I recognized you right away when we passed each other. And there’s your sister; I recognized her too. You glanced at me and away again, no sign of recognition in return.
As a novice chaplain, I held your hand and waited for news, and blessed your baby before they withdrew life support. I witnessed you and your partner talking so gently and honestly with your other children about what was happening. I heard from the nurses that you chose organ donation and went back to the office to cry about the beauty and horror of that decision.
We passed near the coffee bar at Whole Foods, that mecca for us middle class moms who will buy our organic, free range, grass fed dinners for our families after drinking our fair trade almond milk lattes. S. was strapped to my chest, chubby legs sticking out of the ergo, neck wonky to one side as he slept.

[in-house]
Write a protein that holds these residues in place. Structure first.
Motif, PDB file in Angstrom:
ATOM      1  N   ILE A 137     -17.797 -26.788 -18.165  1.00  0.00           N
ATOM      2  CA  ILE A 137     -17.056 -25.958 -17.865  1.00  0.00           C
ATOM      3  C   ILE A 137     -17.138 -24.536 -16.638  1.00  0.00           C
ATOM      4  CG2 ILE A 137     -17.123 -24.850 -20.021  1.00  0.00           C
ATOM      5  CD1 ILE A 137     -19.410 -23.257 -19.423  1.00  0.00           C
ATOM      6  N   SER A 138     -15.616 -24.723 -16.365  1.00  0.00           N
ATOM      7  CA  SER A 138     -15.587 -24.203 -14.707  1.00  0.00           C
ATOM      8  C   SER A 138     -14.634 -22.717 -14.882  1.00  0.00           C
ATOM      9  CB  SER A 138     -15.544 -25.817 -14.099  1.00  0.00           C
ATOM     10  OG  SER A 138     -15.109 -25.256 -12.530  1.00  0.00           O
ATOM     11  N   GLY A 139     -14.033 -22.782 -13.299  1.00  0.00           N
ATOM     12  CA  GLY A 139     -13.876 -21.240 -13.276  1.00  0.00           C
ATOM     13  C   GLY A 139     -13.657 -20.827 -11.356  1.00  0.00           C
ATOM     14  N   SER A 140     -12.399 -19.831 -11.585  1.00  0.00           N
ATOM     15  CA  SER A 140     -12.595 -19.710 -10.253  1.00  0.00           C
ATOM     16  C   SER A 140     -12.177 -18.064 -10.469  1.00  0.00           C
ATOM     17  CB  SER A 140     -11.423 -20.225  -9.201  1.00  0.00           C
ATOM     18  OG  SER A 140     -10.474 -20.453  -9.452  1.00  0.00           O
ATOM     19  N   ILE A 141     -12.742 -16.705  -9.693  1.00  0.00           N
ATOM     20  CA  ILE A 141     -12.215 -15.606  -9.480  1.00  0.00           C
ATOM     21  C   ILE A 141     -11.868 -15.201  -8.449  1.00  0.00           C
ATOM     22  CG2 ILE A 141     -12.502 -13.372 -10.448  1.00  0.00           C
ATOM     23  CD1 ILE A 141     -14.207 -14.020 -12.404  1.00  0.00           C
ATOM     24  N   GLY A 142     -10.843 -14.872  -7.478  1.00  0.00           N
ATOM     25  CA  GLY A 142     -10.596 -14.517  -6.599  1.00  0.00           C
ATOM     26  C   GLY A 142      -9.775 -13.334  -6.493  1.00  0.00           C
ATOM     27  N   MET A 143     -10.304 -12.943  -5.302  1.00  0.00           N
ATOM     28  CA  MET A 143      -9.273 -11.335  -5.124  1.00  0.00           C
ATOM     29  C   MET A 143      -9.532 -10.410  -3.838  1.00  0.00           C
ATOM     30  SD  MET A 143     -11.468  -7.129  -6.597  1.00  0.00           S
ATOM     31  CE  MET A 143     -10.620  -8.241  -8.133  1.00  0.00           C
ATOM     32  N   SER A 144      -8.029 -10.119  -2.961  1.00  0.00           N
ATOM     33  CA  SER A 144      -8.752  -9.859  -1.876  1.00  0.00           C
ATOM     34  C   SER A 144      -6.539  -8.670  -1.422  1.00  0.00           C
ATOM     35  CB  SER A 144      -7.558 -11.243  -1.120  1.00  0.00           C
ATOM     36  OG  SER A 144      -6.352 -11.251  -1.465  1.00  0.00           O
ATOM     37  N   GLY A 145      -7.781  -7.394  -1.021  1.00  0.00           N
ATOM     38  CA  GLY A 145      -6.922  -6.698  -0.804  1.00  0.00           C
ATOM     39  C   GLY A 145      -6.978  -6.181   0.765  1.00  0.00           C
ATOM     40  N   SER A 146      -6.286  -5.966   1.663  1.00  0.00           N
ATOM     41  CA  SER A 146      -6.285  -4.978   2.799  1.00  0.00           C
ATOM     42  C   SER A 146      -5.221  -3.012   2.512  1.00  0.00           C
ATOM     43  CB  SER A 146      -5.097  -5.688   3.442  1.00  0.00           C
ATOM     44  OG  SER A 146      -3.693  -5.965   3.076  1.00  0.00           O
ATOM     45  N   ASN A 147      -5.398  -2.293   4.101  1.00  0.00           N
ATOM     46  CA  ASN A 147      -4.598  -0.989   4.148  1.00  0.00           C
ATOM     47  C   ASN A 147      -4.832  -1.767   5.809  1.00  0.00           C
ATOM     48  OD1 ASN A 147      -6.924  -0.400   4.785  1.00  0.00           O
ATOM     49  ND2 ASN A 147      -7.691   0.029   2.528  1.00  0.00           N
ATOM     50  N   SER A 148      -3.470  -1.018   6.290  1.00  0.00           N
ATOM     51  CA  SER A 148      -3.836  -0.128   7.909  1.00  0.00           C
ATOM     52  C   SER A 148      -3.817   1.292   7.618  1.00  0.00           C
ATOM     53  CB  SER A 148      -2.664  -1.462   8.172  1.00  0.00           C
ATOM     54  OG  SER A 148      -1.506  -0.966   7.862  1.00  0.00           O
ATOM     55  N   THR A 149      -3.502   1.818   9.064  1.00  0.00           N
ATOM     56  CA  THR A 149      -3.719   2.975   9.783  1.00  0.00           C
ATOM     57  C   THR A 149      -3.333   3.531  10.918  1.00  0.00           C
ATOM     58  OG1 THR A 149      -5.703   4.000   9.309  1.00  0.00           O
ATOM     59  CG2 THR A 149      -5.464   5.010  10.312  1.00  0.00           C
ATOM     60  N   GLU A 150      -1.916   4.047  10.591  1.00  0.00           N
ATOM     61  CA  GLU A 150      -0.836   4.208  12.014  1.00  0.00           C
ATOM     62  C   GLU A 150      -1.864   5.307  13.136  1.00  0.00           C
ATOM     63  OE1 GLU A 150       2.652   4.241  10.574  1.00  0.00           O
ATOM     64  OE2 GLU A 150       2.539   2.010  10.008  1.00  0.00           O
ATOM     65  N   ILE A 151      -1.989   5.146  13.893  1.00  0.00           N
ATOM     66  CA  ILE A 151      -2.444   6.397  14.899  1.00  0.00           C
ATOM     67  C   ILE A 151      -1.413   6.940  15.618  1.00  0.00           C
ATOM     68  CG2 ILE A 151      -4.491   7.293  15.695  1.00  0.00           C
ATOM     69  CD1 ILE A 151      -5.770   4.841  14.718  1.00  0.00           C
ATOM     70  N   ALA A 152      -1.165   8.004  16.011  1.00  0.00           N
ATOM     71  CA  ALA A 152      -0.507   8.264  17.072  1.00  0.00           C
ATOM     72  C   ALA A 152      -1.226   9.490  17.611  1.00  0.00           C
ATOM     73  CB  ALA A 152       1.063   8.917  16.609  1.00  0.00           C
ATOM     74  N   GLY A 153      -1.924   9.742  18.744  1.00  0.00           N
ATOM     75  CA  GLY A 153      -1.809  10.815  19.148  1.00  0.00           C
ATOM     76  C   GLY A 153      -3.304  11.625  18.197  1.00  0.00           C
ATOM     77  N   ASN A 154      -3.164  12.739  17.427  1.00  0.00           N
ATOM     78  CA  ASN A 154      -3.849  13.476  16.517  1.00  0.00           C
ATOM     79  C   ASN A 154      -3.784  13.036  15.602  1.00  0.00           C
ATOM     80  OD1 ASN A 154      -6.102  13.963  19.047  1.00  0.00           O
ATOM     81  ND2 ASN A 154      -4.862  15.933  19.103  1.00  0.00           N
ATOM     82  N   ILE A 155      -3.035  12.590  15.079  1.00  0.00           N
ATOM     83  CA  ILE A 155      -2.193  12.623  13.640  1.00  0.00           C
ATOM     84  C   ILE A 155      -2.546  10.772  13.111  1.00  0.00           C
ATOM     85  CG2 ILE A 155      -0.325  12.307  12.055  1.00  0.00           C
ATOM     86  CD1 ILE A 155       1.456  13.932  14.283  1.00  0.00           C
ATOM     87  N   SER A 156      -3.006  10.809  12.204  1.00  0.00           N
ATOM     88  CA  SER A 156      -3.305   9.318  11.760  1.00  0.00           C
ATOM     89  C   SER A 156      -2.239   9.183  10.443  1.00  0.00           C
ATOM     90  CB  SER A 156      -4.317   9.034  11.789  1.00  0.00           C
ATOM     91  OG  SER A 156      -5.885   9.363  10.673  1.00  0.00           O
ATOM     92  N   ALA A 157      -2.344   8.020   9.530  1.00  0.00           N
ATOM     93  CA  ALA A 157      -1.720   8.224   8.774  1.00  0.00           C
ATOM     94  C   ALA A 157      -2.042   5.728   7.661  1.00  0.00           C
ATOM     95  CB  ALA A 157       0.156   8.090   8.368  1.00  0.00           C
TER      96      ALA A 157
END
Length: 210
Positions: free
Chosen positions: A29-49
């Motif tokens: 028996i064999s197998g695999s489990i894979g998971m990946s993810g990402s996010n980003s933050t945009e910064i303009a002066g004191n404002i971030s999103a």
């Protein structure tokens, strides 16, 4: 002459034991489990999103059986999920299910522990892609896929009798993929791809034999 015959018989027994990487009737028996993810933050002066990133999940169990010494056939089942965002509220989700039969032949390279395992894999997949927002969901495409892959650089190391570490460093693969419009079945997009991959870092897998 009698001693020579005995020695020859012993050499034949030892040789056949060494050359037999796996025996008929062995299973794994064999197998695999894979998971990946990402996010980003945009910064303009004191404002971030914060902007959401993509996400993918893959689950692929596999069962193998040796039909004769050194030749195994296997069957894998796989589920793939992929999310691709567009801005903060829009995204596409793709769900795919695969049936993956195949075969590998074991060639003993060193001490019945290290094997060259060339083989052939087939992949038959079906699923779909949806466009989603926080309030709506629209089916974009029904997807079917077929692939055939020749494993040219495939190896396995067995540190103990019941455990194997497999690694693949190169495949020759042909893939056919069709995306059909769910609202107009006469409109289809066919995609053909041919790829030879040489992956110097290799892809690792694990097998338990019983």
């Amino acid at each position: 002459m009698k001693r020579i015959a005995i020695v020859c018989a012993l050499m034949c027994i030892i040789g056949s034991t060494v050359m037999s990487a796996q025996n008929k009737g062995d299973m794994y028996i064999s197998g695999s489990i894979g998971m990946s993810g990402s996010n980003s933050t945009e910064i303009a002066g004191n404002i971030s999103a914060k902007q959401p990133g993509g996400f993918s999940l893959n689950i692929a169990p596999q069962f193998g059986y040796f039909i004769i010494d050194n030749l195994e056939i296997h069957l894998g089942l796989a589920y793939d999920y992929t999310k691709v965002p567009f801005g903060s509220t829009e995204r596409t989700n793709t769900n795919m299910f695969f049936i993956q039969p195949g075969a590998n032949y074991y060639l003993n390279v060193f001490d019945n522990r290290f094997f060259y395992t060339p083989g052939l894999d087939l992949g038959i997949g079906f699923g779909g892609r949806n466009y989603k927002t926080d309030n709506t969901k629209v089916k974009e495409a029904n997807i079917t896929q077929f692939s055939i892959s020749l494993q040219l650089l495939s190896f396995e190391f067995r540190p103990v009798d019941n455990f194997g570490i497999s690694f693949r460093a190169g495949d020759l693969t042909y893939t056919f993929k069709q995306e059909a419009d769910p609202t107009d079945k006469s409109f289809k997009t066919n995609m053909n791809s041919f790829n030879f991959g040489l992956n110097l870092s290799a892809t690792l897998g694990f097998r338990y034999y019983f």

The rules of the trade and general respect for your privacy require that if I was your chaplain, I can’t initiate further contact. If you recognize me and sought conversation, I can engage, but it is not mine to start.
But if I could speak to you, I would say, “I remember and grieve.”
“I think about you and pray for your heart and healing, for your marriage, for your children.”
I would gesture to the perfect little body I carry and say, “I don’t take it for granted. I know that there is no guarantee.”
And, “How are you? How are you really?”